“Sustainability … Can you use it in a sentence, please?”
I did a quick Internet search today on the word “sustainability” and got over 77 million hits.
The response was incredibly diverse, with sponsored results featuring California dairy farming, margin improvement, social responsibility and how to “go green and save money.” When I refined the search to “sustainability report,” the list dropped to 40.8 million – with gmsustainability.com topping the list.
The corporate world has pretty much agreed upon the definition of sustainability ‒ everyone’s sustainability report looks about the same, right? Wrong! As we work with clients, we are amazed at how inconsistently organizations define sustainability and how siloed the function can be.
In some organizations, the Director of Corporate Sustainability is given cross-departmental oversight and is involved in a variety of new product development, packaging, manufacturing and CSR initiatives. In other companies, this is primarily a health and safety or environmental affairs role, tasked with employee safety and regulatory compliance. These firms usually limit their sustainability initiatives to overtly environmental programs like emissions, water and waste reduction. In many organizations, corporate social responsibility initiatives are not integrated with other sustainability activities and are strictly the purview of the marketing or communications department.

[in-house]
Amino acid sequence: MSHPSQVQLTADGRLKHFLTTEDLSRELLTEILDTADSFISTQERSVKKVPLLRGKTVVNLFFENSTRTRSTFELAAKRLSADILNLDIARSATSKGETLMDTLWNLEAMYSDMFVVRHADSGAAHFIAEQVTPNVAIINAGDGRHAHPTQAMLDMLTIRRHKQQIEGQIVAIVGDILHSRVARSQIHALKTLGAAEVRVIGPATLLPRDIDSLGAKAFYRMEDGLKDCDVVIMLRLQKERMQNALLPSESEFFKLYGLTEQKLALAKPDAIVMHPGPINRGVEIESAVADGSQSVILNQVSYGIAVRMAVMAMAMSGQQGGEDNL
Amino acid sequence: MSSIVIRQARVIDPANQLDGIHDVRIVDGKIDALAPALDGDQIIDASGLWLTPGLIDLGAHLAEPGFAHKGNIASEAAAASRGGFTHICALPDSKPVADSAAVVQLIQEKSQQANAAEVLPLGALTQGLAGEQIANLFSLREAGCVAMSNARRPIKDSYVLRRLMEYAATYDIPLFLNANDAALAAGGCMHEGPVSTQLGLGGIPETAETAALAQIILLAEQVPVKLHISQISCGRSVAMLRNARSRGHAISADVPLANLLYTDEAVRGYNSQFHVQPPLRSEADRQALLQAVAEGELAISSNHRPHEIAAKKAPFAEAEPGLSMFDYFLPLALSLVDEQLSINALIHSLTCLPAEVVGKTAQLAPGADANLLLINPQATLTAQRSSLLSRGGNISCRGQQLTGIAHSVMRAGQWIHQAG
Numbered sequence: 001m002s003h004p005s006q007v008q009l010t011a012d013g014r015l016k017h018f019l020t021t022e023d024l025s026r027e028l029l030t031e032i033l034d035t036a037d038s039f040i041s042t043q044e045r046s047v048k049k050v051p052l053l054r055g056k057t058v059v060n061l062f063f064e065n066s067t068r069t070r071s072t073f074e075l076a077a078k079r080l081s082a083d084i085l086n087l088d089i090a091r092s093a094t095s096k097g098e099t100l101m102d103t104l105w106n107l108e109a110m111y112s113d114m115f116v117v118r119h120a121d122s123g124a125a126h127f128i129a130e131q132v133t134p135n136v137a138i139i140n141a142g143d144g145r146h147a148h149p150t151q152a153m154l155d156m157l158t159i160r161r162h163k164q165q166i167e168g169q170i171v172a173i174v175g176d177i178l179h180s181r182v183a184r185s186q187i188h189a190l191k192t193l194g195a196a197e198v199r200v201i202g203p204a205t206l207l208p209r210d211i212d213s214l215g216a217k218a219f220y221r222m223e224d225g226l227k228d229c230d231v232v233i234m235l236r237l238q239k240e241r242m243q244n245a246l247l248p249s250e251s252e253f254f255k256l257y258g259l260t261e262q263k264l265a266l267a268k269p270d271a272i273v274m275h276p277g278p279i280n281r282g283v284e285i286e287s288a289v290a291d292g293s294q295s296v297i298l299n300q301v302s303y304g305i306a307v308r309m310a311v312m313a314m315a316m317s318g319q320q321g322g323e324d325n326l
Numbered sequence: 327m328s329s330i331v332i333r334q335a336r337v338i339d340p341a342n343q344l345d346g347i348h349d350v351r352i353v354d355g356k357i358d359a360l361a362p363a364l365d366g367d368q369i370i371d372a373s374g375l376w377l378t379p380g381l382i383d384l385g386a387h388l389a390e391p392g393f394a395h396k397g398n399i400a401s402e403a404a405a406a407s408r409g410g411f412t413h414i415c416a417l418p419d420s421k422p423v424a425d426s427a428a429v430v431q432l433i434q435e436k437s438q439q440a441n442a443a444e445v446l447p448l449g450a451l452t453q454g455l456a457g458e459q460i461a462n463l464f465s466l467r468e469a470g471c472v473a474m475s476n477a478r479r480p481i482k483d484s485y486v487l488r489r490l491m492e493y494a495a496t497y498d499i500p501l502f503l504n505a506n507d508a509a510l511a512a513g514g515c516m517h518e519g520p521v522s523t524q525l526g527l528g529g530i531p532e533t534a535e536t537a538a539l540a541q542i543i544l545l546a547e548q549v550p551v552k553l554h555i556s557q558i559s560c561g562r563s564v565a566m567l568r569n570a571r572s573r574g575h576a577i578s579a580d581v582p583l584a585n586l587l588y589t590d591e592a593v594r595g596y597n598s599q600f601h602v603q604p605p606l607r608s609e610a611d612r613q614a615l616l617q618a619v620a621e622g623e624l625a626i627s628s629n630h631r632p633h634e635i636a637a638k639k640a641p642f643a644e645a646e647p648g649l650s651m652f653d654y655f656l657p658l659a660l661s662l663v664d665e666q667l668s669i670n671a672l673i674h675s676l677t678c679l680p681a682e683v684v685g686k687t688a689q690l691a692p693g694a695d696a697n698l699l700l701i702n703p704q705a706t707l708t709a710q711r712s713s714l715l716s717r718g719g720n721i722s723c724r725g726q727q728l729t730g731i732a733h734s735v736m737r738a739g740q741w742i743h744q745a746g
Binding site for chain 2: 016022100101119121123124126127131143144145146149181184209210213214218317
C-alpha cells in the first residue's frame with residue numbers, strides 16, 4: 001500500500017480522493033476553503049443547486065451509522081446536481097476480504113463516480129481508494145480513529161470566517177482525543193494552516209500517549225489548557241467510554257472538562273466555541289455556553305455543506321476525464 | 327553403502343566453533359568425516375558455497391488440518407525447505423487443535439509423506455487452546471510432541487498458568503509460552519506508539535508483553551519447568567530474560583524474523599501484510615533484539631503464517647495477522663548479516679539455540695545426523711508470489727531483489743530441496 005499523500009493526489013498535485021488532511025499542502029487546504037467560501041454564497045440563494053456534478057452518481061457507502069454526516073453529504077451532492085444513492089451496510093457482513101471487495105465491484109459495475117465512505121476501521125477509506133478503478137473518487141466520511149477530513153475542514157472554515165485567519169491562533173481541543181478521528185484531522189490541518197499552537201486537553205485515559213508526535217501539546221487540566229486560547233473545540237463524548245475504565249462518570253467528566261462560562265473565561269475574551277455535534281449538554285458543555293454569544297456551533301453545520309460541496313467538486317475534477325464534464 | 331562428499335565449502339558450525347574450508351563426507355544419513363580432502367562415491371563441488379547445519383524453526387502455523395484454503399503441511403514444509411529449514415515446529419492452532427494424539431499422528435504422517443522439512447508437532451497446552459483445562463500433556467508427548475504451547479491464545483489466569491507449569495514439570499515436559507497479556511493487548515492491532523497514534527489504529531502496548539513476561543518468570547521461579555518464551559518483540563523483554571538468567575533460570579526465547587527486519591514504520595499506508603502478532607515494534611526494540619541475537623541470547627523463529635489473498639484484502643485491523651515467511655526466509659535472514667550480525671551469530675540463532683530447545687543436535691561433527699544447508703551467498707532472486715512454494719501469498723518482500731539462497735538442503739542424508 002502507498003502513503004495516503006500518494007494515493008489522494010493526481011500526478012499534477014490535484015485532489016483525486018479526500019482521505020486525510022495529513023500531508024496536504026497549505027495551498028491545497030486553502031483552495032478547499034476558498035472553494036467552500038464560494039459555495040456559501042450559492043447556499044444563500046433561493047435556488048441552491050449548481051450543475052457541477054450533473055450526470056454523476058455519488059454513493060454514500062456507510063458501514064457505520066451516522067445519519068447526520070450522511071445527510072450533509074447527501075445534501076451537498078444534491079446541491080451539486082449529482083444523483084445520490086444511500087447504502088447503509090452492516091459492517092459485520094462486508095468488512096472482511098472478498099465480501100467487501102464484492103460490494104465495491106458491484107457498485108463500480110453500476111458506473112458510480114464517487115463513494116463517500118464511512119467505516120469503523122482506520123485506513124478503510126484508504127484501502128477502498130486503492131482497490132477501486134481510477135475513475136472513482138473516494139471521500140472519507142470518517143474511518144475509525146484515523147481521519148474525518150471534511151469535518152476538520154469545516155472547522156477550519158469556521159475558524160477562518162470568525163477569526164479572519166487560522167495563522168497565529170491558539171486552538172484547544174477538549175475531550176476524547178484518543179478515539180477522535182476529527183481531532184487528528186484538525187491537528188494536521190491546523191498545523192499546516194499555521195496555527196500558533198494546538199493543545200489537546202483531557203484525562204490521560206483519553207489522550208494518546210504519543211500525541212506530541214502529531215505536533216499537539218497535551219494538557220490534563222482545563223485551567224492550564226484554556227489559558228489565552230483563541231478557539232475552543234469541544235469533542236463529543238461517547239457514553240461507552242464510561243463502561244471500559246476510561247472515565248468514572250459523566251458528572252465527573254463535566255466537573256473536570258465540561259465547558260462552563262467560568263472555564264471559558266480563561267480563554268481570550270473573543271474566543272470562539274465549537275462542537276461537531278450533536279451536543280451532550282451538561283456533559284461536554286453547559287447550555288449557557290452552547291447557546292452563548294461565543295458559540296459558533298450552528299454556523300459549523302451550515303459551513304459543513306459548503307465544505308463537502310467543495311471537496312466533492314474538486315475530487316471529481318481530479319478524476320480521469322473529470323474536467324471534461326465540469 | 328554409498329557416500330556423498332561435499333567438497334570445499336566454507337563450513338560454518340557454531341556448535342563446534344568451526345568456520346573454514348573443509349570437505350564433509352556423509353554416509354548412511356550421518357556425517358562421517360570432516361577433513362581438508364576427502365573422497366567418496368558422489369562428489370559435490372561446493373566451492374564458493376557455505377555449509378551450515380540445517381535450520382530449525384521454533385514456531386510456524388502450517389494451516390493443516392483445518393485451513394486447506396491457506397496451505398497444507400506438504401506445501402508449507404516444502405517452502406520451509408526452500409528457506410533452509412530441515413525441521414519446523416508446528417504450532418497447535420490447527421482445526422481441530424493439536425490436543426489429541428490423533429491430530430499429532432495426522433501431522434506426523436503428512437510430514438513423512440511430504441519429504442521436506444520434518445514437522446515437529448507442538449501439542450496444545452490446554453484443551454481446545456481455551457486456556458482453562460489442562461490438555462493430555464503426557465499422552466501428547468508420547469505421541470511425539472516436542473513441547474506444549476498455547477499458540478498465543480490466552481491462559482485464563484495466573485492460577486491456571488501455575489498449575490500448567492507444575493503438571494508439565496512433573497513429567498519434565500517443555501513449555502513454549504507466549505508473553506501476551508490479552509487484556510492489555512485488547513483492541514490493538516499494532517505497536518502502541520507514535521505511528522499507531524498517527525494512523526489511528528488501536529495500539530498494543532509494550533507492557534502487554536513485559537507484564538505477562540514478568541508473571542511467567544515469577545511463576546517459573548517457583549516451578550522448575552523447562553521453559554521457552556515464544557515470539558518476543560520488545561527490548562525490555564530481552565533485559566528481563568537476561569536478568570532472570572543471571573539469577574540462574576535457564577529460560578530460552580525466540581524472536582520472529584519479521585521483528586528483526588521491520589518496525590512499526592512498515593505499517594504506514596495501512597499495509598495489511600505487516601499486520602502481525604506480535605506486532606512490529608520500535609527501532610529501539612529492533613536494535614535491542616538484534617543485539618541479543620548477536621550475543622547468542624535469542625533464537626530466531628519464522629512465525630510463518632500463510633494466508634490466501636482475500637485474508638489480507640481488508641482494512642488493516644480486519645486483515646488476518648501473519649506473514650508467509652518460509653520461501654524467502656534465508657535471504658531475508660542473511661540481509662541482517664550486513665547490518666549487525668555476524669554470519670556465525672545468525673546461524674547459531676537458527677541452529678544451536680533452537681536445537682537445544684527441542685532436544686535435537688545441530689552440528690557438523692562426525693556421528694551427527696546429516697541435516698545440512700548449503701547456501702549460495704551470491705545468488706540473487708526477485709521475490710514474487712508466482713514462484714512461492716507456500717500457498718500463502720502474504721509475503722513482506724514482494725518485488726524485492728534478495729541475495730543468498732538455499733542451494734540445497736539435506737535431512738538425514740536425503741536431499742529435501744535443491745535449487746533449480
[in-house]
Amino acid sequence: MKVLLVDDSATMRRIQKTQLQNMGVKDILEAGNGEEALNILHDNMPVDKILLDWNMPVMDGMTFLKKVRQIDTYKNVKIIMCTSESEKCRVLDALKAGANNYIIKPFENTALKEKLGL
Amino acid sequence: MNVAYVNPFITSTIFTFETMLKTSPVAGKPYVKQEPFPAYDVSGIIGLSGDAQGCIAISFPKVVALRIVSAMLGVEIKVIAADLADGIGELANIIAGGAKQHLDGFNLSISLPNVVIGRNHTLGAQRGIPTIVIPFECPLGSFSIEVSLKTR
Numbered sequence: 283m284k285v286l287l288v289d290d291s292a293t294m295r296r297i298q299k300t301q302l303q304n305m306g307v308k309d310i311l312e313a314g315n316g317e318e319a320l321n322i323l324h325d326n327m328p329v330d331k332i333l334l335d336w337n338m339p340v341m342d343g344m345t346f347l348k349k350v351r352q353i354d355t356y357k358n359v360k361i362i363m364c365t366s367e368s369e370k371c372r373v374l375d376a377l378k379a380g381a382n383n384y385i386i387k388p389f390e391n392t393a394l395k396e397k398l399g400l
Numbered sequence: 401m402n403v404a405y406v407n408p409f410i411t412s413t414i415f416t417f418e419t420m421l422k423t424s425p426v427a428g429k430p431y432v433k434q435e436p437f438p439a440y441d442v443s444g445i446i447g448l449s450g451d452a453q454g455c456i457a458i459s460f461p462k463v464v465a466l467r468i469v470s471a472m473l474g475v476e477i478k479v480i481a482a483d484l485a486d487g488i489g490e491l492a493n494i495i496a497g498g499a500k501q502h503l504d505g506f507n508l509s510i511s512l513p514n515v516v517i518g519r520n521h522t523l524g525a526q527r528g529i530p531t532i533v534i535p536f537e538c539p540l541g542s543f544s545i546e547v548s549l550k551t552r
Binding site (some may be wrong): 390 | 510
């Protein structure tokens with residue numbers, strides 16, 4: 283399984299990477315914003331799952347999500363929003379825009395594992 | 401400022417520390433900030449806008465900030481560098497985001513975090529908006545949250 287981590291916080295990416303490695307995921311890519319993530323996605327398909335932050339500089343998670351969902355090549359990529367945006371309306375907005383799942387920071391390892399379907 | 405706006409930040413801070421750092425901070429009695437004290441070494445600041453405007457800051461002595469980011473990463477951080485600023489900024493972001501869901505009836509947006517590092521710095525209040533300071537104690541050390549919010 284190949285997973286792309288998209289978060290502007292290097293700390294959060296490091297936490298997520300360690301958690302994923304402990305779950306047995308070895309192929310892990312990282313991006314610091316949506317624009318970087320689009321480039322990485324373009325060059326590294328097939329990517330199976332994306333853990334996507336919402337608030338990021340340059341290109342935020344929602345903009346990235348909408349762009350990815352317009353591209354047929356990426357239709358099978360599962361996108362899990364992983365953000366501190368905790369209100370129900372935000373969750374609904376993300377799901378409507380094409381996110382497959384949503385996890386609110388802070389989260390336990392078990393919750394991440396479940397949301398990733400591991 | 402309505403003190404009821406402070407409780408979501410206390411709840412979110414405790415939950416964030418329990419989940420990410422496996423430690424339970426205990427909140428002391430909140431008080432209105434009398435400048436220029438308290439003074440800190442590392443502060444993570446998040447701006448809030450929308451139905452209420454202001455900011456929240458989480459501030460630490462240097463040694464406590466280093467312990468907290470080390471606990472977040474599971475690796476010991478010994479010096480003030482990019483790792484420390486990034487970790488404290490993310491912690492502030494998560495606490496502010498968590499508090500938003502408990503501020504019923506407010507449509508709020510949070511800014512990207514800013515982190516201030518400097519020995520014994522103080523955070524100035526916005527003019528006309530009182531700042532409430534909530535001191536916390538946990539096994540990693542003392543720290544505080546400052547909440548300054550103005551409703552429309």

We’ve found that consumers are even more confused about the meaning of sustainability. When we ask focus group participants or one-on-one interviewees to define the word “sustainable,” we can often hear the sound of crickets chirping. When given no “green context”, consumers most frequently go down a definition path that’s related to durability. We hear words like “long lasting” and “maintainable.” So we decided to quantify consumer understanding of the term in our soon-to-be-published Green Living Pulse study. We asked, “What do you think the term sustainable means – as in sustainable products or sustainable practices?” The top two (unaided) responses were: “Don’t know” and “lasts/long-lasting,” with “environmentally safe/earth friendly” coming in a distant third.
It’s important for companies to remember that most consumers (and employees) are not in sync with corporate America’s most common definitions of sustainability. Consumer-facing communications that assume otherwise are leaving the mainstream market disinterested (at best) and confused (at worst). If you’re going to use the term, you must define it. And just as importantly, if you’re going to try to engage your employees in sustainability initiatives, you must begin by explaining what that means in your company in simple, unequivocal terms.